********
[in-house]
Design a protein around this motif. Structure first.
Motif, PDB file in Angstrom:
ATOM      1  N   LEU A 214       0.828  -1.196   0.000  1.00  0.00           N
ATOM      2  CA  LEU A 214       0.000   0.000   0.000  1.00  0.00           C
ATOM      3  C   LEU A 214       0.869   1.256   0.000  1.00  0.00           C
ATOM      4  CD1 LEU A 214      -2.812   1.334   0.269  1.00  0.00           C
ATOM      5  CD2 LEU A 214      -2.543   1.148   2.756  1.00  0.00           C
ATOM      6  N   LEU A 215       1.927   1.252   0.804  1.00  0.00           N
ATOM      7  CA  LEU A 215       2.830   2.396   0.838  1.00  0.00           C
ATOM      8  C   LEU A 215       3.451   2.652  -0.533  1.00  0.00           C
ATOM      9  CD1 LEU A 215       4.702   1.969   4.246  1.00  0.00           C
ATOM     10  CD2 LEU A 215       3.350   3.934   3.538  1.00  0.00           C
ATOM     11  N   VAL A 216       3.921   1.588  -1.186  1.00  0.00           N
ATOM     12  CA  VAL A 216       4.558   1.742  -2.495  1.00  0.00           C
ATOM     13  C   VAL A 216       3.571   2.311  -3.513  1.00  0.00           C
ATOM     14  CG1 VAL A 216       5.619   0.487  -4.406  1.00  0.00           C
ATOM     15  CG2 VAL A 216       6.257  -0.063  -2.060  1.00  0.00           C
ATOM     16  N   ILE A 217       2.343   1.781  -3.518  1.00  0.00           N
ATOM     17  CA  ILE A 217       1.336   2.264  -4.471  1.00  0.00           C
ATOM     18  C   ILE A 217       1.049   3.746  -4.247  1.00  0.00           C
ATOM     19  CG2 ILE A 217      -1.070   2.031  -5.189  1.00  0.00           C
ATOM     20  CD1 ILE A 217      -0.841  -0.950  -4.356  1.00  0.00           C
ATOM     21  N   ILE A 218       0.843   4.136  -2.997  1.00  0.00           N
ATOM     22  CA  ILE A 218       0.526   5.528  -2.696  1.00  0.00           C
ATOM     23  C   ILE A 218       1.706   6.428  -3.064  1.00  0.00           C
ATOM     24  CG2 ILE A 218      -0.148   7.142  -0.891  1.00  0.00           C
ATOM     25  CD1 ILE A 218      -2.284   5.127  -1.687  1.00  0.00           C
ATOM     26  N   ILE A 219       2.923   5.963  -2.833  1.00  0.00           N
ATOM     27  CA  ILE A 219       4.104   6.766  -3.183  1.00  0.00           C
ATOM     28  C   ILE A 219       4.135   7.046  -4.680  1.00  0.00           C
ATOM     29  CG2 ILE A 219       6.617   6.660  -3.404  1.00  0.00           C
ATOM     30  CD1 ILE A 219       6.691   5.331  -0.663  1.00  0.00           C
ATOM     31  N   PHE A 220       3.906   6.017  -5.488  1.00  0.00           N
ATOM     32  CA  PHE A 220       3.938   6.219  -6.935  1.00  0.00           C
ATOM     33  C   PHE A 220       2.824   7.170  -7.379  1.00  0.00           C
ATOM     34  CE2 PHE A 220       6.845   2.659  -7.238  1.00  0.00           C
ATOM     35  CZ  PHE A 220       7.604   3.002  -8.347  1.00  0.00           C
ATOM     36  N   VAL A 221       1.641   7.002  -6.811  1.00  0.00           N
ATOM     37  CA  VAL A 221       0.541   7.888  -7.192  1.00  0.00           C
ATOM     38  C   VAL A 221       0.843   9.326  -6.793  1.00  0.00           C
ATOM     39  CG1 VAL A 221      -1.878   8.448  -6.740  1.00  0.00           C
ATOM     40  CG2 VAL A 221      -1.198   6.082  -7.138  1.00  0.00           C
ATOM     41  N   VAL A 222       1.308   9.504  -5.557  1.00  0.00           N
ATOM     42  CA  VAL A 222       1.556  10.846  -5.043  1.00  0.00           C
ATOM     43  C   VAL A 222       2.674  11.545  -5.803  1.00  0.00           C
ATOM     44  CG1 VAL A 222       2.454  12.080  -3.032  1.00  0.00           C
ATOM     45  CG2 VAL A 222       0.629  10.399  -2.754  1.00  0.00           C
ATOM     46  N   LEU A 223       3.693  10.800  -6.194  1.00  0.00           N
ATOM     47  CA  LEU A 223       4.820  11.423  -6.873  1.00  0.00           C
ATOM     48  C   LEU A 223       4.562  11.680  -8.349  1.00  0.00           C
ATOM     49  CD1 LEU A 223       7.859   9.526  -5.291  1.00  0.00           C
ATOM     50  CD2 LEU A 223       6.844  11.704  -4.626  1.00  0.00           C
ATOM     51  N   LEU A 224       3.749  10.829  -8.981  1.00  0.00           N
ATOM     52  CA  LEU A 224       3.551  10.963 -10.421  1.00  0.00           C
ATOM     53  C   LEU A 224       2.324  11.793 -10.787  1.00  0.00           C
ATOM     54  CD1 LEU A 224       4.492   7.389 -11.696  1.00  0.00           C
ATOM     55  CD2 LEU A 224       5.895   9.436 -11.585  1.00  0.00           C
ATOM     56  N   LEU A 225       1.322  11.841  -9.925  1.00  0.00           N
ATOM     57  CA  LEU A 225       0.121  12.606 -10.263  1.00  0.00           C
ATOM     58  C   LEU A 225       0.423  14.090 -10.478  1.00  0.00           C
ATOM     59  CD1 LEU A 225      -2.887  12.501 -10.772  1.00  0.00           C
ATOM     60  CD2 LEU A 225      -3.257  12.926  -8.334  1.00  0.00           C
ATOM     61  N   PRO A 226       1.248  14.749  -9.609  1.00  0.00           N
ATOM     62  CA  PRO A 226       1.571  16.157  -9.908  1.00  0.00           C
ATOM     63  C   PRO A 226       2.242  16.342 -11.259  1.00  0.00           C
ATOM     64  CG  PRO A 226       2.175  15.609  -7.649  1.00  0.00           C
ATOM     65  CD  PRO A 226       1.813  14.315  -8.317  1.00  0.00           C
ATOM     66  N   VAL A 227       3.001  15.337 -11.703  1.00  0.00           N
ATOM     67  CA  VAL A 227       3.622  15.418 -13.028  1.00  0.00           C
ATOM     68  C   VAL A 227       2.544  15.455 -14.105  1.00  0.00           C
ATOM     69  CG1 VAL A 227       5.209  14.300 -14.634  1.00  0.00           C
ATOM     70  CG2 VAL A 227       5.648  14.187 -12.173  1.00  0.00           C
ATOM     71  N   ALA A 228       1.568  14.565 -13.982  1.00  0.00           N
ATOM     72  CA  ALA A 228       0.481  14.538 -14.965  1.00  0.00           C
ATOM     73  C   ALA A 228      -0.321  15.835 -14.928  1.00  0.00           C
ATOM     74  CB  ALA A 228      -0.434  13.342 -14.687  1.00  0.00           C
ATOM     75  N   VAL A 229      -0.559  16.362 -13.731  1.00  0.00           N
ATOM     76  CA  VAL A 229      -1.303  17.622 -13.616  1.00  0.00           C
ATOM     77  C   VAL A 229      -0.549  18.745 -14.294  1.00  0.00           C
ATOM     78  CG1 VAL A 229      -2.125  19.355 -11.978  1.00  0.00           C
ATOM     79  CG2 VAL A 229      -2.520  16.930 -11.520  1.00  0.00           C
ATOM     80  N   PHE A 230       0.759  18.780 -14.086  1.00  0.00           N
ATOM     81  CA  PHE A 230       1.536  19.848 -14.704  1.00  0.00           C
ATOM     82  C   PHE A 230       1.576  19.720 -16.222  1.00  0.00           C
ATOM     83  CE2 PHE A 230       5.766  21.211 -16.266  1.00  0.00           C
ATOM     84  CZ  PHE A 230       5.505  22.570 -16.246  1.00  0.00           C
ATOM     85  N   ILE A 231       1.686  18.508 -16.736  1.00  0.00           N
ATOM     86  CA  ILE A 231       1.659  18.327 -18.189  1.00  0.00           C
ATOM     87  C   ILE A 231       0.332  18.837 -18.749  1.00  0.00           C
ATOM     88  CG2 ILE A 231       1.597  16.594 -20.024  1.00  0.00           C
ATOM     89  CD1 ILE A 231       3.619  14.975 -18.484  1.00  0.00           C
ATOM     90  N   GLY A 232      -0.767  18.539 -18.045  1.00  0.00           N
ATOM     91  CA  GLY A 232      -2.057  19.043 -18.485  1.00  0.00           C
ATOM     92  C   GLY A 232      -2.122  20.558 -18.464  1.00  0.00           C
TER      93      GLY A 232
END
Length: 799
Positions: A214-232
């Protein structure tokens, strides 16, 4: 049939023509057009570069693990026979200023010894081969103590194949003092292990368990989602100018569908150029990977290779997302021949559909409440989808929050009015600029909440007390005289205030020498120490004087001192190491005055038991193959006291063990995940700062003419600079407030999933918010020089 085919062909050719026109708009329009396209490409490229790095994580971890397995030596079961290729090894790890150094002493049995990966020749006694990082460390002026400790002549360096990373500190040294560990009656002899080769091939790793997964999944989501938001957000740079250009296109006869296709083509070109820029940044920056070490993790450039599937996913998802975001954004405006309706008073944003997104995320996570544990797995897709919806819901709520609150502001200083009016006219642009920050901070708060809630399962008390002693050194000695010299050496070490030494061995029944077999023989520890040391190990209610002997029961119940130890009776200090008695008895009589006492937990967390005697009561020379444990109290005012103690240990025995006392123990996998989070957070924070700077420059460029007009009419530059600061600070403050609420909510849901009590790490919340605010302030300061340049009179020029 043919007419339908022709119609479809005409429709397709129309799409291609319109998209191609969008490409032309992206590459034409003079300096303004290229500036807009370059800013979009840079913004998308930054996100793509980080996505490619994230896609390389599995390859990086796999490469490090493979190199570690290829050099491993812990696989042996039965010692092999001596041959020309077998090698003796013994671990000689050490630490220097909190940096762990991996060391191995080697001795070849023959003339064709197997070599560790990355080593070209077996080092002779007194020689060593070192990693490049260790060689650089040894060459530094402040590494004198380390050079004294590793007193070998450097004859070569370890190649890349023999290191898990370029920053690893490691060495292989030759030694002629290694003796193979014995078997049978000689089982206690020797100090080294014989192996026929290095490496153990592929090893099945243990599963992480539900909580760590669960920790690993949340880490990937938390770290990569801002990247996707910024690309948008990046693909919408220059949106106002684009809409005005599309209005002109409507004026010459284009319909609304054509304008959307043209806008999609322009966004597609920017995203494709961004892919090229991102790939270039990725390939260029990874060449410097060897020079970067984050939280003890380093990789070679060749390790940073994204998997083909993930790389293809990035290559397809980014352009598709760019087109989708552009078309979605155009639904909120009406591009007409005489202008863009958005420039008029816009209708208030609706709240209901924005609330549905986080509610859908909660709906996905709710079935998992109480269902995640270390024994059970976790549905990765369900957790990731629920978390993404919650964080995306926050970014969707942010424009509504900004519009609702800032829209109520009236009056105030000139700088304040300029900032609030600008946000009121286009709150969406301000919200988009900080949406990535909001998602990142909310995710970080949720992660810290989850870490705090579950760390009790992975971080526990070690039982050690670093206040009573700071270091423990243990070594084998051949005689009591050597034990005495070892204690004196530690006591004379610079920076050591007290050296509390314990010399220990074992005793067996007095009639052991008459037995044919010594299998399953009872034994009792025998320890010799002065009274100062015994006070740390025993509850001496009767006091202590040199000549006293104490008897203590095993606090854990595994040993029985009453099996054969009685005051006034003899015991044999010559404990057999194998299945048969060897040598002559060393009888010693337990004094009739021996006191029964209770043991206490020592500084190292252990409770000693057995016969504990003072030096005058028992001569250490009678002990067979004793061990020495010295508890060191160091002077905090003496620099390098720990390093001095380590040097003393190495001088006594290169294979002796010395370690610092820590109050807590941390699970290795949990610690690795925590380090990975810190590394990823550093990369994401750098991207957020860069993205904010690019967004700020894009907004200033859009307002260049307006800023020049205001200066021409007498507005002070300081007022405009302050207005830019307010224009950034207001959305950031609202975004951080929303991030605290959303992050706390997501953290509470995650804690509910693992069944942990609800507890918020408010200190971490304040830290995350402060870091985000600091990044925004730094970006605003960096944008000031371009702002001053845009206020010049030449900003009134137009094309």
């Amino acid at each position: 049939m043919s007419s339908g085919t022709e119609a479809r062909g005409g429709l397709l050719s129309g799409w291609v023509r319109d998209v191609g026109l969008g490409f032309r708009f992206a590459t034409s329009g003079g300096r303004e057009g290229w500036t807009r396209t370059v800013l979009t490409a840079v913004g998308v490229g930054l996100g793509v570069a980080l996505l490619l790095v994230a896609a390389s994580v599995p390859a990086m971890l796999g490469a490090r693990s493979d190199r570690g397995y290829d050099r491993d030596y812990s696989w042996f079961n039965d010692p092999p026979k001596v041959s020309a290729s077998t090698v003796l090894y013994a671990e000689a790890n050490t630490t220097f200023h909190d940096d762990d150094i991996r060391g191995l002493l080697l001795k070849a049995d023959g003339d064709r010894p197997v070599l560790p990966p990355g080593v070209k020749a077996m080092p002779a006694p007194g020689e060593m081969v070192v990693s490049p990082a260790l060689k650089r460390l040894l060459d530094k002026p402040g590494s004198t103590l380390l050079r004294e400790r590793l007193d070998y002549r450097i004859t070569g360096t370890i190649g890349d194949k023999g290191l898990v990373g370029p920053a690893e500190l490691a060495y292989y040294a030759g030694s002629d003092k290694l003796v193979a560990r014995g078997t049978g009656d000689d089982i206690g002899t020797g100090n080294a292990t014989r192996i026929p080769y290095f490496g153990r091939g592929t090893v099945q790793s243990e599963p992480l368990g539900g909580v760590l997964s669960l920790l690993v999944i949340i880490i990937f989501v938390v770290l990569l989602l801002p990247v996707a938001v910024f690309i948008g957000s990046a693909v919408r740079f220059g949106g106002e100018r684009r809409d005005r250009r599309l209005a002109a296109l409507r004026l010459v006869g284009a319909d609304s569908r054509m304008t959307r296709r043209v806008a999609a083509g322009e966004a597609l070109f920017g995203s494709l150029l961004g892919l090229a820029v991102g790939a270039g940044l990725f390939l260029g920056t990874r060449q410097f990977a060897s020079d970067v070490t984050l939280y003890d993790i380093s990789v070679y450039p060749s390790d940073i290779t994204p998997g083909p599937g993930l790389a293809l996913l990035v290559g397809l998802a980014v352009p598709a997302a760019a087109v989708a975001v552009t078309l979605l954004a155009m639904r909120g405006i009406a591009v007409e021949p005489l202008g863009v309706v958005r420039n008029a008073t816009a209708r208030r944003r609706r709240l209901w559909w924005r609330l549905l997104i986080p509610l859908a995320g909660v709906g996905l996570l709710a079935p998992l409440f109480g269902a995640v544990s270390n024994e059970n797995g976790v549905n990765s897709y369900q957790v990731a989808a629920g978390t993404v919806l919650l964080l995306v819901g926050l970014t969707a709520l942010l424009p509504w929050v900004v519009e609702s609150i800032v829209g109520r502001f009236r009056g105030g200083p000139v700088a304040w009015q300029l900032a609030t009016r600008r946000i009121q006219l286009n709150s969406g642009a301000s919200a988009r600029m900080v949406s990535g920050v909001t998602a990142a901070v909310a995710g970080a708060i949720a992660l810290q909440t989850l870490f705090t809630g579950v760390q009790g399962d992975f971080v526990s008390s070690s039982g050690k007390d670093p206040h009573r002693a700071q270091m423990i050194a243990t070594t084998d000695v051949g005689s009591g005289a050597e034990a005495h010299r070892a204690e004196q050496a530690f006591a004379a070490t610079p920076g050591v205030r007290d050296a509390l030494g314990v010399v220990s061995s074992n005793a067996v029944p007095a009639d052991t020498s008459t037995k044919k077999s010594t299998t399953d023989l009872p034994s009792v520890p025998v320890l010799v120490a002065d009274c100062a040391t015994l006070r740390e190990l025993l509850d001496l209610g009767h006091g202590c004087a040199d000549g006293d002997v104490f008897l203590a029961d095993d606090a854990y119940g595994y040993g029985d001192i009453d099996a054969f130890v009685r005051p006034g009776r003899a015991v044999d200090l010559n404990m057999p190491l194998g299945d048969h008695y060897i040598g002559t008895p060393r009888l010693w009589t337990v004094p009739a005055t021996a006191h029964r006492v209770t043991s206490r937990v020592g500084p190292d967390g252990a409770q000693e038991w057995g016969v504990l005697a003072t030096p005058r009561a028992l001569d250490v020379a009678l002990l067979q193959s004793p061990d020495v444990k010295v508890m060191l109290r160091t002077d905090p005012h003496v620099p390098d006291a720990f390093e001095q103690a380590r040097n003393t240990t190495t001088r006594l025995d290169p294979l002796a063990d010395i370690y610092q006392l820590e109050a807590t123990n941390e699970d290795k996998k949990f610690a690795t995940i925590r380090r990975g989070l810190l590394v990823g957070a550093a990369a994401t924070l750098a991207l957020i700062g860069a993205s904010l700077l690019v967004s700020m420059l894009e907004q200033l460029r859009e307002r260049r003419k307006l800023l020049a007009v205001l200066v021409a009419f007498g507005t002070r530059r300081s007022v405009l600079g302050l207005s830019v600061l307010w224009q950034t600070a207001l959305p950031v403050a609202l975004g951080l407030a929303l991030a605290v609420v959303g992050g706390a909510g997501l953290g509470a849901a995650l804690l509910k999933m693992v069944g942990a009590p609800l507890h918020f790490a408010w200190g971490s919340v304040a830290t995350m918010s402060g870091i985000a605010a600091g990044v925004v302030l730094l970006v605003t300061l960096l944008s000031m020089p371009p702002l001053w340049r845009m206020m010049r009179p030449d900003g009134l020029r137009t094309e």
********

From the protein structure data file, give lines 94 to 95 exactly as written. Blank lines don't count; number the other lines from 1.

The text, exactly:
ATOM     91  CA  GLY A 232      -2.057  19.043 -18.485  1.00  0.00           C
ATOM     92  C   GLY A 232      -2.122  20.558 -18.464  1.00  0.00           C